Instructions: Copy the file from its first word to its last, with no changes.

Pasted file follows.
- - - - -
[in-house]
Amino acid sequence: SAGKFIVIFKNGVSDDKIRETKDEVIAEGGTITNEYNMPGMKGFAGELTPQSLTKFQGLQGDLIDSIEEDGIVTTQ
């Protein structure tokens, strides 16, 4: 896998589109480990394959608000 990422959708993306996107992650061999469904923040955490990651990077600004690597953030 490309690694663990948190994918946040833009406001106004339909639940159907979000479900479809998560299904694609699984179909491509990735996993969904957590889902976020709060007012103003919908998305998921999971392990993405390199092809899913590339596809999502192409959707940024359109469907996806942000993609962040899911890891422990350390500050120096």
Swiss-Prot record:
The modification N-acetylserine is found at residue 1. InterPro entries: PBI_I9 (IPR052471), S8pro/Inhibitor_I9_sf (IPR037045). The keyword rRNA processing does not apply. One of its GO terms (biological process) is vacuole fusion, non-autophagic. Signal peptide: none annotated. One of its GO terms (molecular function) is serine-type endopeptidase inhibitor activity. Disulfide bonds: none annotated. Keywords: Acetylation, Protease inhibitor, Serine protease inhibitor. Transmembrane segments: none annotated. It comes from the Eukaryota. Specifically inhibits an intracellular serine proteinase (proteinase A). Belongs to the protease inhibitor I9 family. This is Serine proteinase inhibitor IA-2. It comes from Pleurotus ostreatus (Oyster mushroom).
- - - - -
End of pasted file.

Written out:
[in-house]
Amino acid sequence: SAGKFIVIFKNGVSDDKIRETKDEVIAEGGTITNEYNMPGMKGFAGELTPQSLTKFQGLQGDLIDSIEEDGIVTTQ
């Protein structure tokens, strides 16, 4: 896998589109480990394959608000 990422959708993306996107992650061999469904923040955490990651990077600004690597953030 490309690694663990948190994918946040833009406001106004339909639940159907979000479900479809998560299904694609699984179909491509990735996993969904957590889902976020709060007012103003919908998305998921999971392990993405390199092809899913590339596809999502192409959707940024359109469907996806942000993609962040899911890891422990350390500050120096």
Swiss-Prot record:
The modification N-acetylserine is found at residue 1. InterPro entries: PBI_I9 (IPR052471), S8pro/Inhibitor_I9_sf (IPR037045). The keyword rRNA processing does not apply. One of its GO terms (biological process) is vacuole fusion, non-autophagic. Signal peptide: none annotated. One of its GO terms (molecular function) is serine-type endopeptidase inhibitor activity. Disulfide bonds: none annotated. Keywords: Acetylation, Protease inhibitor, Serine protease inhibitor. Transmembrane segments: none annotated. It comes from the Eukaryota. Specifically inhibits an intracellular serine proteinase (proteinase A). Belongs to the protease inhibitor I9 family. This is Serine proteinase inhibitor IA-2. It comes from Pleurotus ostreatus (Oyster mushroom).